Government is responsible for the failures in South Africa’s public healthcare system, and needs to address them so that every citizen’s right to access healthcare services is realised, the South African Human Rights Commission (SAHRC) said on Thursday.
CEO Tseliso Thipanyane said that while government is to blame for the shortcomings, the SAHRC looks forward to engaging with them post April 22 “for a better future”.
The commission released its report on an inquiry into the country’s public healthcare services, based on visits to about 100 facilities across the country and submissions from the public during May 2007.
The report identified poverty as a major barrier to accessing healthcare services in South Africa. As of 2007, 88% of South Africans are dependant on public healthcare services.
The poor make up the majority of this figure, but the report found that their access to these services is severely constrained by transport costs and unacceptably long waiting times at clinics or hospitals.
“These constraints amount to a denial of the right to access healthcare,” said deputy SAHRC chairperson Dr Zonke Majodina.
The report also revealed that inefficient management, lack of infrastructure and human resources, and poor staff attitudes were infringing on citizens’ constitutional right to access healthcare.
Its findings include:
• Inequalities between private and public healthcare expenditure persists. The private sector consumes R43-billion and services seven million people, while the public sector spends R33,2-billion and services 38-million people.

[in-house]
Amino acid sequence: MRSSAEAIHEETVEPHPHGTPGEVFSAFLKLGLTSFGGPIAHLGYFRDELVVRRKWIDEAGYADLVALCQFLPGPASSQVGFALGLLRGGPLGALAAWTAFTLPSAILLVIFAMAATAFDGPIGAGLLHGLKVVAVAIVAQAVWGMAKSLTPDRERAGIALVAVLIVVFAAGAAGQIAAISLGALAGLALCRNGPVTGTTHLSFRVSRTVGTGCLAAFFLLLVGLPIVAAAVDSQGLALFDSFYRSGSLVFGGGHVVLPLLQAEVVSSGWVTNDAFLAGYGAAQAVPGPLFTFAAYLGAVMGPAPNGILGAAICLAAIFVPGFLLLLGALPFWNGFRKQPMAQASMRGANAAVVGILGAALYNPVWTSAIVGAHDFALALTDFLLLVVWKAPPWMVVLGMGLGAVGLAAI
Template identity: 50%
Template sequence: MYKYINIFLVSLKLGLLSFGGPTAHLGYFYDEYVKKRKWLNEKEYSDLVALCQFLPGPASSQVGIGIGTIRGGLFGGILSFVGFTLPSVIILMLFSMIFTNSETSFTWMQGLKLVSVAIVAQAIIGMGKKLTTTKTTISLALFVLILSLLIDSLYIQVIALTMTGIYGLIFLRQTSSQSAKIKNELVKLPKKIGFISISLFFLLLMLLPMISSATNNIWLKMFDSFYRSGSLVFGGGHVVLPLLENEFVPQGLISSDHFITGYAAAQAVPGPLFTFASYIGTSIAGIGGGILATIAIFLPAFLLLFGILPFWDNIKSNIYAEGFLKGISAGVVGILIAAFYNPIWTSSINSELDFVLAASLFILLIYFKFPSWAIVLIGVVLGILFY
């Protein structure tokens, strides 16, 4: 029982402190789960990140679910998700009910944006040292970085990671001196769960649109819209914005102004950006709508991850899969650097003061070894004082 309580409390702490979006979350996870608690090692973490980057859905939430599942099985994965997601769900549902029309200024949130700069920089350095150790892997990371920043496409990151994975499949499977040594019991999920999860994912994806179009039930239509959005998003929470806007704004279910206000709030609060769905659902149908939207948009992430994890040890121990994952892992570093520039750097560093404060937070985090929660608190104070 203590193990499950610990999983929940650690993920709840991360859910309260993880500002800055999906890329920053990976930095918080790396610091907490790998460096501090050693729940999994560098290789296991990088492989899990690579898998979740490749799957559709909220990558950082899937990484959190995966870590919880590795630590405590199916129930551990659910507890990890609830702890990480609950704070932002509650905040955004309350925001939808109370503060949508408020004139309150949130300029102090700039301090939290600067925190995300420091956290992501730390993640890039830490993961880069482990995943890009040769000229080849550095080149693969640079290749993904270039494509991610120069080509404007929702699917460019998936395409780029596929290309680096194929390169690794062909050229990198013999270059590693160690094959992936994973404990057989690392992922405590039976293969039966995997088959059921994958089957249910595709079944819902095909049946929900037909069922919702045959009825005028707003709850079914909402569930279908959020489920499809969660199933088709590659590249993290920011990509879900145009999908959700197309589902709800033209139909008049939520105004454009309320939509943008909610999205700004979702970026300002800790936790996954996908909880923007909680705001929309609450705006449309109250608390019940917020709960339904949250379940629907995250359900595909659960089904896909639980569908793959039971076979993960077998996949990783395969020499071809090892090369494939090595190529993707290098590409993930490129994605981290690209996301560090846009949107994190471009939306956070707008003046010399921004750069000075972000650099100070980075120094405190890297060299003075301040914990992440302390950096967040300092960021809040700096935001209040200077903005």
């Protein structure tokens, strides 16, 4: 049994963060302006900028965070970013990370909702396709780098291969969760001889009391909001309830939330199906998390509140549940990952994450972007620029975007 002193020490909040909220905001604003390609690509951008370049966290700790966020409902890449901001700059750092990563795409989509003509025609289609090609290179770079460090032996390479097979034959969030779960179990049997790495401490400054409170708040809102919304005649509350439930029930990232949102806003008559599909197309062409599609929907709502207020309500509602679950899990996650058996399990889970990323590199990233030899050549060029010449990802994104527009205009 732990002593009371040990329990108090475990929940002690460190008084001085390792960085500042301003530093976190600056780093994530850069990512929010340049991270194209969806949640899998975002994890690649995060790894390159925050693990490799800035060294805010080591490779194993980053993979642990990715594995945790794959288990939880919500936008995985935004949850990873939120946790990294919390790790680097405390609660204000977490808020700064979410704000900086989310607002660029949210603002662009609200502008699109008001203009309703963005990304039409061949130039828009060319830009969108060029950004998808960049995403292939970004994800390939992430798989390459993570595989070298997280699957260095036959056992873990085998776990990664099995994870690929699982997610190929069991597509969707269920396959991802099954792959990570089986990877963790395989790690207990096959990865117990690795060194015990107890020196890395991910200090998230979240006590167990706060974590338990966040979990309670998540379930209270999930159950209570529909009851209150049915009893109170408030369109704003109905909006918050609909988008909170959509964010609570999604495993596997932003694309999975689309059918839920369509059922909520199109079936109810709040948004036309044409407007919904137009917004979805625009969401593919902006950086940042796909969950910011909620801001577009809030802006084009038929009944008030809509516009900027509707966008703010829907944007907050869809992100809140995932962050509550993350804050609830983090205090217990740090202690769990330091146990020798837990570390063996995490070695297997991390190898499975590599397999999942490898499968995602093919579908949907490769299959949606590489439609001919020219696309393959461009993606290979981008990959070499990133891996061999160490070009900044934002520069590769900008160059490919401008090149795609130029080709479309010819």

• At a management level, communication gaps and poor relationships between departments negatively effect on service delivery.
• Health personnel are concerned about staff shortages, unsatisfactory salaries and stressful working conditions.
• Lack of resources has led to overcrowding in facilities, lack of space and privacy, and inadequate pharmaceutical services.
• Some clinics lack basic communication tools such as telephones, faxes and computers, which prevent staff from fulfilling their duties efficiently.
• Staff’s attitudes towards vulnerable groups such as women, children, rape survivors, the elderly, refugees, people with disabilities, and gays and lesbians, were discriminatory.
This is a huge problem as it effects on these groups’ rights to healthcare.
The SAHRC made various recommendations to improve the public healthcare system.
These include continuous training and education of health personnel, improving financial management, strengthening services in rural areas and providing guidelines for the treatment of vulnerable groups.
Dr KS Chetty, the Health Department's deputy director general, welcomed the report’s findings, and said the department had put initiatives in place to improve health services.